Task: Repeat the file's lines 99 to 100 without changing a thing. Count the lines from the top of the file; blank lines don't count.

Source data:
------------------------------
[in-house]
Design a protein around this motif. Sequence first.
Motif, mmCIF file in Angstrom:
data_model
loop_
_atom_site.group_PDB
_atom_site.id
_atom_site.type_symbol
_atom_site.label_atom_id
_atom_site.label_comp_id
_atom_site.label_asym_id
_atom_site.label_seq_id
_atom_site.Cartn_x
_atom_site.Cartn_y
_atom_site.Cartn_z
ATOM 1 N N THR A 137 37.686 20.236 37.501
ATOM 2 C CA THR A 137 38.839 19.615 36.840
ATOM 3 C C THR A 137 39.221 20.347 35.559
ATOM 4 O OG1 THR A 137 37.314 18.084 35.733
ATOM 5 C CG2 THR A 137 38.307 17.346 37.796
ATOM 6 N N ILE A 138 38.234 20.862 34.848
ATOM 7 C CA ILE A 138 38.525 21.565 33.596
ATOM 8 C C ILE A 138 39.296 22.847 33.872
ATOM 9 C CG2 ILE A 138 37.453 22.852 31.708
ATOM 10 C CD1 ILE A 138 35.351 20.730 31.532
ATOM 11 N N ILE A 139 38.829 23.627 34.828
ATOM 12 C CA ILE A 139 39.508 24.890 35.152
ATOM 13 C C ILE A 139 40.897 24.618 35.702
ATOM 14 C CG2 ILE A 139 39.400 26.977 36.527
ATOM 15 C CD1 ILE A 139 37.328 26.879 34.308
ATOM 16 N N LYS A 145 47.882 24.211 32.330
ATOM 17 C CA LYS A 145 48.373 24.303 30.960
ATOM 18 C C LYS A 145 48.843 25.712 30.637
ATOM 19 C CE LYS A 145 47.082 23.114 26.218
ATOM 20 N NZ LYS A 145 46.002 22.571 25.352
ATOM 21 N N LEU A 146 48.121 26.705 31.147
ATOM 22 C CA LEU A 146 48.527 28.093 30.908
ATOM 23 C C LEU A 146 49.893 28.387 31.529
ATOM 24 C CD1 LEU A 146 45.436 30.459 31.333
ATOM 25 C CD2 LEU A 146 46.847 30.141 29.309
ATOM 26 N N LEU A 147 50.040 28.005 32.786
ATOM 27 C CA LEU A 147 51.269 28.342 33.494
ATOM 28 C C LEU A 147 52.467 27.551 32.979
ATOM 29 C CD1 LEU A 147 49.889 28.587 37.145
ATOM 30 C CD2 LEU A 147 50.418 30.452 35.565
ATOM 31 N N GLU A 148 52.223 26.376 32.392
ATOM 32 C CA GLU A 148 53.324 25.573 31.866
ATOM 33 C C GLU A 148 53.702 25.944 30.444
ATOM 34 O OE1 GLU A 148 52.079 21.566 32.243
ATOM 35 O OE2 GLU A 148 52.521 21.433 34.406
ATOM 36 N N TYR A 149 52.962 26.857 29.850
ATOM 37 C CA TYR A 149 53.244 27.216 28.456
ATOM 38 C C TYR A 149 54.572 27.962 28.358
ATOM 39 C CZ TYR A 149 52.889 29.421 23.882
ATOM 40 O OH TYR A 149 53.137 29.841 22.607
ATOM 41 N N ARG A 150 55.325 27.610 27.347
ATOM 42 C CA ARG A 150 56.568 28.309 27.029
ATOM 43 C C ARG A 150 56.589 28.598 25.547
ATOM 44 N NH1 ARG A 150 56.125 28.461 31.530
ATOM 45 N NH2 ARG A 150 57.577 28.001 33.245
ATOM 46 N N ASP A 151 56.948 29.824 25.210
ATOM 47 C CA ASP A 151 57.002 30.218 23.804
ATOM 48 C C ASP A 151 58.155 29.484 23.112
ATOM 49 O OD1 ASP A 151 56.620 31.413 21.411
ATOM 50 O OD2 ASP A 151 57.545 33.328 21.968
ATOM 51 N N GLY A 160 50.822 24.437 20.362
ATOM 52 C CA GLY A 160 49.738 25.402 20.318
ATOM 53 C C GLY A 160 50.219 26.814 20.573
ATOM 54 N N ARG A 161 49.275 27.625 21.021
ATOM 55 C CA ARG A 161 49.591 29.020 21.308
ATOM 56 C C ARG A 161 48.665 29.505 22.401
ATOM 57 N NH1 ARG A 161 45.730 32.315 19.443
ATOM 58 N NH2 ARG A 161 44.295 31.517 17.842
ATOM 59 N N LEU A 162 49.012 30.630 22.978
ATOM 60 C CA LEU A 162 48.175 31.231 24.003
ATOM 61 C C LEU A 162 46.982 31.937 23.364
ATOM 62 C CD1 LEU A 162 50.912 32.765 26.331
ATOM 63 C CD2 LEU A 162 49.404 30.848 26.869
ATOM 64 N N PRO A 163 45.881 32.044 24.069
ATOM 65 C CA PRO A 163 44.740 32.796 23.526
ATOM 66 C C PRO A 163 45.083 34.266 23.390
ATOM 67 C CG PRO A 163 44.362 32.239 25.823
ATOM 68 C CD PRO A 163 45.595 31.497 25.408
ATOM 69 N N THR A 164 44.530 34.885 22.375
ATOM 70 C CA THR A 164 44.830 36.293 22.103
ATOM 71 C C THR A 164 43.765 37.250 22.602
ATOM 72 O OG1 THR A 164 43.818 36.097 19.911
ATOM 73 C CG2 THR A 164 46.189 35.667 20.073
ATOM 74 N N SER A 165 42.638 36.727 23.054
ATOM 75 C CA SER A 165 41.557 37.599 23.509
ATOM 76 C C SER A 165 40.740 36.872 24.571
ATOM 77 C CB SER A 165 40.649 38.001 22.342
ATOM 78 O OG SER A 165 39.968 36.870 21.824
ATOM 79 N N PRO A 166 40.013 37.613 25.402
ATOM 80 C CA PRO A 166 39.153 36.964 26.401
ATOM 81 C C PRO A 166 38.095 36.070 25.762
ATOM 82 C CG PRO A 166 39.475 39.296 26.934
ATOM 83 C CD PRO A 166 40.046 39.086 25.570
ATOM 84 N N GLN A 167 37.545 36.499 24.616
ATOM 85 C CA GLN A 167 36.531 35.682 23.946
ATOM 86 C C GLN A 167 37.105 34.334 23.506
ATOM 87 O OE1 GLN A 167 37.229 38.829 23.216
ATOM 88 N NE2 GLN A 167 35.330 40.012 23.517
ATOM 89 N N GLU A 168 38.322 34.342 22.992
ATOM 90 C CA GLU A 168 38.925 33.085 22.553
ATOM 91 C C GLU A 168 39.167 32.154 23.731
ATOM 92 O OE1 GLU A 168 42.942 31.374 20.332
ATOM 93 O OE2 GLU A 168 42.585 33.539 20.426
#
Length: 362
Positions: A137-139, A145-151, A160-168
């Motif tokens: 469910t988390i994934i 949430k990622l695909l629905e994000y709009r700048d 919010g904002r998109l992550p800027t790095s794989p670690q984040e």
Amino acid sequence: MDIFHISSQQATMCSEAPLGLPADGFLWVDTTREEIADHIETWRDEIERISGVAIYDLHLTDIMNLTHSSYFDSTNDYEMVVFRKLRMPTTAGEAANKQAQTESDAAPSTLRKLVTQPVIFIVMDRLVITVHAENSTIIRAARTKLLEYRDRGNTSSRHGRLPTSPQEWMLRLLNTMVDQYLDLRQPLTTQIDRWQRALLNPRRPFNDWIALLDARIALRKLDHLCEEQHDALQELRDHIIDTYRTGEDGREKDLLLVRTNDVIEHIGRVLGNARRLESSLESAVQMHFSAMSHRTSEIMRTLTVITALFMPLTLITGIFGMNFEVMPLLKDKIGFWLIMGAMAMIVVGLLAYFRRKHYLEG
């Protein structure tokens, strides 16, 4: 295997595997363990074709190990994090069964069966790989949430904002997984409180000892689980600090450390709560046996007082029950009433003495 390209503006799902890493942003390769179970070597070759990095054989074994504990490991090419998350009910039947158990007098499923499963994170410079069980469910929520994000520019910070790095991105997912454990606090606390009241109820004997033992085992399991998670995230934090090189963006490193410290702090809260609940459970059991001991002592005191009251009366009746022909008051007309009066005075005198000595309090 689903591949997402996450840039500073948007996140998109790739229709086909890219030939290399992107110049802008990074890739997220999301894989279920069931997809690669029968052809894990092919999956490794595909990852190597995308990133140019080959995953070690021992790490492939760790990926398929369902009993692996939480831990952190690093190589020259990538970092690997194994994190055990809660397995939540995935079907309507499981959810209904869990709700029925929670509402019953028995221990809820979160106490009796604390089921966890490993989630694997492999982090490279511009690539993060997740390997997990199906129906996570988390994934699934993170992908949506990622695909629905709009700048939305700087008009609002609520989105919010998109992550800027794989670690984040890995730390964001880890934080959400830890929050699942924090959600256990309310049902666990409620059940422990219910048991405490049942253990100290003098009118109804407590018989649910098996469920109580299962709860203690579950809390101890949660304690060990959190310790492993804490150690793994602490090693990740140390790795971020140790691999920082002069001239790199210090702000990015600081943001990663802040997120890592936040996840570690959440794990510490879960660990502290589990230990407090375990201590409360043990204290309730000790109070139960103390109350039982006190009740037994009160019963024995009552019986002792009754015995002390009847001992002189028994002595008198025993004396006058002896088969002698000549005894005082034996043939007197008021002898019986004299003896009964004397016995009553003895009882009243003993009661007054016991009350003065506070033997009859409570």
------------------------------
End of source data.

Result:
ATOM 84 N N GLN A 167 37.545 36.499 24.616
ATOM 85 C CA GLN A 167 36.531 35.682 23.946